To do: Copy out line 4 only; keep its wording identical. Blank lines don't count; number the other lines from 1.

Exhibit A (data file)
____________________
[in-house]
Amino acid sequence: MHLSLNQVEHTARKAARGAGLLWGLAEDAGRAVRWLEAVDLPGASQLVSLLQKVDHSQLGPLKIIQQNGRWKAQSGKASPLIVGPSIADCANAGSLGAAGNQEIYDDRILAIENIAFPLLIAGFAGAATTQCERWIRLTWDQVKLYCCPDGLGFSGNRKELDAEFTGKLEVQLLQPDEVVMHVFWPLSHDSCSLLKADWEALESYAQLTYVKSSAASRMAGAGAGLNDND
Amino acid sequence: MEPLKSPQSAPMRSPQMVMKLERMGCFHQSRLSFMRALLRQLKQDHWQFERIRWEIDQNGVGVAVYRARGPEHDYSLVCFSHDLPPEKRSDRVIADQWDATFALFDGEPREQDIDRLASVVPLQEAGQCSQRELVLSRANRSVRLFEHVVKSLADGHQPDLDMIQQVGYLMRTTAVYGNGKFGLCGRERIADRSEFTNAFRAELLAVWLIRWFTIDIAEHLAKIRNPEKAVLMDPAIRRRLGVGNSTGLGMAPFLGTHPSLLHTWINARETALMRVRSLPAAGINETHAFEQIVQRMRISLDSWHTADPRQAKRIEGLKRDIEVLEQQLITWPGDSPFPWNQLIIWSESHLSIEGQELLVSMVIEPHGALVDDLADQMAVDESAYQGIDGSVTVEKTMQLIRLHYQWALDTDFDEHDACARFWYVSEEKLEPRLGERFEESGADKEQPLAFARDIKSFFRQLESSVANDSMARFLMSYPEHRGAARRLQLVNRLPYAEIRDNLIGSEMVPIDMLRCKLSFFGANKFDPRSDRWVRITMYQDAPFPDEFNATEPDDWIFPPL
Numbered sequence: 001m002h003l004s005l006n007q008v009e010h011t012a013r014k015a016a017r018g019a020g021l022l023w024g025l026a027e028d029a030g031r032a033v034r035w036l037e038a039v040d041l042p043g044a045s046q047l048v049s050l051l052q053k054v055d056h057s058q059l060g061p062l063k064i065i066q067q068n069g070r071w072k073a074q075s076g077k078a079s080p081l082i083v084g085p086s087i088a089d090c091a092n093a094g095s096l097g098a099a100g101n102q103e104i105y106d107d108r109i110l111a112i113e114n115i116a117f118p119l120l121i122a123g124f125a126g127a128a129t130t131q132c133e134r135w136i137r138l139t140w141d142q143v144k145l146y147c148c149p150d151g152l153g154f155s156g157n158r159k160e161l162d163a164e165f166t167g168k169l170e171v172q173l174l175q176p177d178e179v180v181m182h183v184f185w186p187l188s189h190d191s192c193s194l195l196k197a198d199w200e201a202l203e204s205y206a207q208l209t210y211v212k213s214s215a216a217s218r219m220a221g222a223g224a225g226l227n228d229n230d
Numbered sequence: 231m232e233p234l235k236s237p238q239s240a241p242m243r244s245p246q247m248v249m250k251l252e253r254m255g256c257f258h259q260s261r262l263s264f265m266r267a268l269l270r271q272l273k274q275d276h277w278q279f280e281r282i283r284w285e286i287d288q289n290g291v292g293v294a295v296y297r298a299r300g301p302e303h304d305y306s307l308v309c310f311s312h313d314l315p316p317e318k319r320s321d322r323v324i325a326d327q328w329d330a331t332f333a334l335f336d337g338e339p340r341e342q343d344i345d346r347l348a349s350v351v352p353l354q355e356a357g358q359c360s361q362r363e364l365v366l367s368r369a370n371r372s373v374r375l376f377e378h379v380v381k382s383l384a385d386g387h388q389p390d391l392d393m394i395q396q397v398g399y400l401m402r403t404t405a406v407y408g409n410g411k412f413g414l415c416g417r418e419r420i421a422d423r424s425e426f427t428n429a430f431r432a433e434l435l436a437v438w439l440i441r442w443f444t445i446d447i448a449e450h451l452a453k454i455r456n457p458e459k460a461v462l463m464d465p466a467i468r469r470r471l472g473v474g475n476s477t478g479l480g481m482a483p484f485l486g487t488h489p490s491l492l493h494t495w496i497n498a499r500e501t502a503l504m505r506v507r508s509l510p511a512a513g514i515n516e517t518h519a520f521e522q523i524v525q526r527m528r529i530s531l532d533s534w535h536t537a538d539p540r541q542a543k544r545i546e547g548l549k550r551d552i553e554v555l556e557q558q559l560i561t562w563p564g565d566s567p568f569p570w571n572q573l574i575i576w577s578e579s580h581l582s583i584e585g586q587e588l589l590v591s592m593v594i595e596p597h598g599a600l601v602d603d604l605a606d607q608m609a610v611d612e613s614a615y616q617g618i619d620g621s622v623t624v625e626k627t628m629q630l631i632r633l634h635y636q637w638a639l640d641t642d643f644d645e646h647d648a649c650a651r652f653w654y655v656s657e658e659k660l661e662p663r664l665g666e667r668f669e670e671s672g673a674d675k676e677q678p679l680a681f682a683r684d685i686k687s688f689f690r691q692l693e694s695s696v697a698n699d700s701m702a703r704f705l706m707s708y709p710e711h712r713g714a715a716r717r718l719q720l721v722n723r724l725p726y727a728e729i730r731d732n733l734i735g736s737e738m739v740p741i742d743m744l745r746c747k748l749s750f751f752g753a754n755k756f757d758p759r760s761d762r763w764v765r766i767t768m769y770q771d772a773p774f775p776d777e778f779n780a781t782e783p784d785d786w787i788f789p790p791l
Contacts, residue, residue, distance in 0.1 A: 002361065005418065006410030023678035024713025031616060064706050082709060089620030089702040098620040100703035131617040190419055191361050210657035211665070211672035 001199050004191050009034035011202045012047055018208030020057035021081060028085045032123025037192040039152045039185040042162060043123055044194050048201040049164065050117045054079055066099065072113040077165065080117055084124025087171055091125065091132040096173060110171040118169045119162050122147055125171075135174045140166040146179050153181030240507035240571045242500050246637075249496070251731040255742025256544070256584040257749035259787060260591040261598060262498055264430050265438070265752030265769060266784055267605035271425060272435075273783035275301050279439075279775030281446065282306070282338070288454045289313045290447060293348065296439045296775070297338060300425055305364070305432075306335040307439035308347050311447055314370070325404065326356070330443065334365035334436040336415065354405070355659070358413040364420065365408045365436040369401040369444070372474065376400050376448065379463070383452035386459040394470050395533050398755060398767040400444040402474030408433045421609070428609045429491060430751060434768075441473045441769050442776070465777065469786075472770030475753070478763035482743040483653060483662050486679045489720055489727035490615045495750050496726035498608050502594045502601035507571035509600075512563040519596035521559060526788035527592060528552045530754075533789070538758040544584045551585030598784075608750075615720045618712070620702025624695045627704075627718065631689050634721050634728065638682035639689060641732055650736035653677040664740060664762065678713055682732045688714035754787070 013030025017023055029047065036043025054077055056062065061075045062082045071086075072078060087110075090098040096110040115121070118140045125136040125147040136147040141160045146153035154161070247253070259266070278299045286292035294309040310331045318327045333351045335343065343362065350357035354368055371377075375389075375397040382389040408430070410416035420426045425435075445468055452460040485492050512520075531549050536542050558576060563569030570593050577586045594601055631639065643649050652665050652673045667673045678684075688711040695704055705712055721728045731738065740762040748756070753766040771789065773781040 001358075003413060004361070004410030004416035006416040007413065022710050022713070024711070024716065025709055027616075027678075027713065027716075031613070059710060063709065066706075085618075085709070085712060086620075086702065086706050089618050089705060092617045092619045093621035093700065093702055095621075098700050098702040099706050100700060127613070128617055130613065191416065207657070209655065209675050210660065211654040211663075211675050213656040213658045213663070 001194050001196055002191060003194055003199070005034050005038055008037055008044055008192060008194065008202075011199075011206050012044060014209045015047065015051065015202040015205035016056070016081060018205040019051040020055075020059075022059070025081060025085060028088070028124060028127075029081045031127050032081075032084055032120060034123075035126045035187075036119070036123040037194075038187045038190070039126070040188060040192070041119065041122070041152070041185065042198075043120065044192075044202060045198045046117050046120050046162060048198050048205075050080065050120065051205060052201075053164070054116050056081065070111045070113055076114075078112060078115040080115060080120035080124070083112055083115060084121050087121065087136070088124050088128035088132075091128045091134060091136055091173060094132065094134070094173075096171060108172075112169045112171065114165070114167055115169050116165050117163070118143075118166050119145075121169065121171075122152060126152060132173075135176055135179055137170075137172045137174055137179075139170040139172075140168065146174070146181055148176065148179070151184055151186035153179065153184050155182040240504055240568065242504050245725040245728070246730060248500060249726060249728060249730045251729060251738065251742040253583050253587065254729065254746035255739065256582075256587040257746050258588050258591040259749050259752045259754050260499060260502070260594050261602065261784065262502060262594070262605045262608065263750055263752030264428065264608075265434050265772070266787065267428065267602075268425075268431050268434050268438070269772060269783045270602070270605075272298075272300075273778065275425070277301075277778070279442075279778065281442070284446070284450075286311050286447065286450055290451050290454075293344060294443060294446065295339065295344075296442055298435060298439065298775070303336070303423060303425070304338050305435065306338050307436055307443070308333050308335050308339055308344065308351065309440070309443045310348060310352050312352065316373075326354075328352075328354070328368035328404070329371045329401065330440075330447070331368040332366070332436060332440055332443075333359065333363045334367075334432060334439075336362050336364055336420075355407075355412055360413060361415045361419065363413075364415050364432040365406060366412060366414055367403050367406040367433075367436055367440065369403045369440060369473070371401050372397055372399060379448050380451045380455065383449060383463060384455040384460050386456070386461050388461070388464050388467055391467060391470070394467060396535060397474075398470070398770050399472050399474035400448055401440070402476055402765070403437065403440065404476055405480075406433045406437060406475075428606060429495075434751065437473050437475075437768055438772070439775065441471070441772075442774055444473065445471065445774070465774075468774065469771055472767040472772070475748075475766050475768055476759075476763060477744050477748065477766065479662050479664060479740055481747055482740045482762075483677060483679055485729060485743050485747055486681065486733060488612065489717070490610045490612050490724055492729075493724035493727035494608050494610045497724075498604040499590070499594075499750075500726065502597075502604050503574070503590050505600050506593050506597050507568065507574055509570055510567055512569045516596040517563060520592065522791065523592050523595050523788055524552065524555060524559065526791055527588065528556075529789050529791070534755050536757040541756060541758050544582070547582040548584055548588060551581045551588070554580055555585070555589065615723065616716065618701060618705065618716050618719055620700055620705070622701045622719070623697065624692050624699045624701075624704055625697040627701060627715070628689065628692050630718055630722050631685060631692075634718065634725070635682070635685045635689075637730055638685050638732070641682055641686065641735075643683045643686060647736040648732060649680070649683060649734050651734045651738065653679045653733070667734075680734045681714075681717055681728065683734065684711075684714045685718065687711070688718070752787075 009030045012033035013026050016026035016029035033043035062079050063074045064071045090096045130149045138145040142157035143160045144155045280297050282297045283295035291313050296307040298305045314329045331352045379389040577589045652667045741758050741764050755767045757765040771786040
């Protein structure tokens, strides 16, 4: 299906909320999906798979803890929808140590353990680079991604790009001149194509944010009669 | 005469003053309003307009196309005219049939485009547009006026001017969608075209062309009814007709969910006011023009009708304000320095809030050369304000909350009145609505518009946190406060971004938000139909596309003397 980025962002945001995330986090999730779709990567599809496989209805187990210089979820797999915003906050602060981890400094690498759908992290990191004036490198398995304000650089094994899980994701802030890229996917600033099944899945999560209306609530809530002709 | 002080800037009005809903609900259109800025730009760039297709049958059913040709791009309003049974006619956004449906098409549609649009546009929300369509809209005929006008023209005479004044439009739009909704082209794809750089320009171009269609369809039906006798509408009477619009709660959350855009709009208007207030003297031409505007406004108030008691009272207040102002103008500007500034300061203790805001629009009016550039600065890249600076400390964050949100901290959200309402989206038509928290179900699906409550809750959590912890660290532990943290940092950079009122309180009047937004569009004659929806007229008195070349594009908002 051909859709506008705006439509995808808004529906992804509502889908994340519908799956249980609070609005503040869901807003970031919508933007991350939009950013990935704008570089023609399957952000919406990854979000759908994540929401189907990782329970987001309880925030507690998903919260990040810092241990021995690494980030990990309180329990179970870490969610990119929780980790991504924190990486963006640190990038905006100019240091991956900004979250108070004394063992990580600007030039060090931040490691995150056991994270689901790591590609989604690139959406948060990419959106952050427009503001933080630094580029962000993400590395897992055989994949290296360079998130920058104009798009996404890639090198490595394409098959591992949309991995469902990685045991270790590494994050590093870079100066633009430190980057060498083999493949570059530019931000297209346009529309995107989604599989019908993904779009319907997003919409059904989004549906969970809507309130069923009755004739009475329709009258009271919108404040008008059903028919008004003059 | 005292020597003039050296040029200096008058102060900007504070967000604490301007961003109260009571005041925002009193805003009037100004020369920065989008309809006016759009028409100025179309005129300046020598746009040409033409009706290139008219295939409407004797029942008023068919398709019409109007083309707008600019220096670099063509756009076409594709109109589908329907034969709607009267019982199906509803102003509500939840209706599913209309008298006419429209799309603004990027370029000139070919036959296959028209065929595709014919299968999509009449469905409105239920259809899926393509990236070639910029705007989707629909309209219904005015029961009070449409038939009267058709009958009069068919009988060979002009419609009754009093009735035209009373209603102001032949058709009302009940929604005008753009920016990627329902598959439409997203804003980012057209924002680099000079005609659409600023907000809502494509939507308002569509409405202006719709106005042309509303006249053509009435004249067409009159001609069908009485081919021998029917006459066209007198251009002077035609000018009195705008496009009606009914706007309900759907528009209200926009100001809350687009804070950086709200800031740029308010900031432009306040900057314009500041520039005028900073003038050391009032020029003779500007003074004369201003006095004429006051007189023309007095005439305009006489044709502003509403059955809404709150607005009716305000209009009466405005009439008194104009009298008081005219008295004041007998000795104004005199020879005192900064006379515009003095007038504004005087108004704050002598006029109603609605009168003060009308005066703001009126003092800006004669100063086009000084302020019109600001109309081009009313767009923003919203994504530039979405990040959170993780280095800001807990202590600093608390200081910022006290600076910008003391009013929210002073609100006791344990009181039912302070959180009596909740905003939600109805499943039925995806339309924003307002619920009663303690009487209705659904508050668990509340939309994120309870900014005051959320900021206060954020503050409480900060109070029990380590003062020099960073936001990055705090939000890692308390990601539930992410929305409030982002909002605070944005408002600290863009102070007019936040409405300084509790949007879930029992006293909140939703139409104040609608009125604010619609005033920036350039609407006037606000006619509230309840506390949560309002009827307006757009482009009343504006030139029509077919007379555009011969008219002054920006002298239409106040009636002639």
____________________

Numbered sequence: 001m002h003l004s005l006n007q008v009e010h011t012a013r014k015a016a017r018g019a020g021l022l023w024g025l026a027e028d029a030g031r032a033v034r035w036l037e038a039v040d041l042p043g044a045s046q047l048v049s050l051l052q053k054v055d056h057s058q059l060g061p062l063k064i065i066q067q068n069g070r071w072k073a074q075s076g077k078a079s080p081l082i083v084g085p086s087i088a089d090c091a092n093a094g095s096l097g098a099a100g101n102q103e104i105y106d107d108r109i110l111a112i113e114n115i116a117f118p119l120l121i122a123g124f125a126g127a128a129t130t131q132c133e134r135w136i137r138l139t140w141d142q143v144k145l146y147c148c149p150d151g152l153g154f155s156g157n158r159k160e161l162d163a164e165f166t167g168k169l170e171v172q173l174l175q176p177d178e179v180v181m182h183v184f185w186p187l188s189h190d191s192c193s194l195l196k197a198d199w200e201a202l203e204s205y206a207q208l209t210y211v212k213s214s215a216a217s218r219m220a221g222a223g224a225g226l227n228d229n230d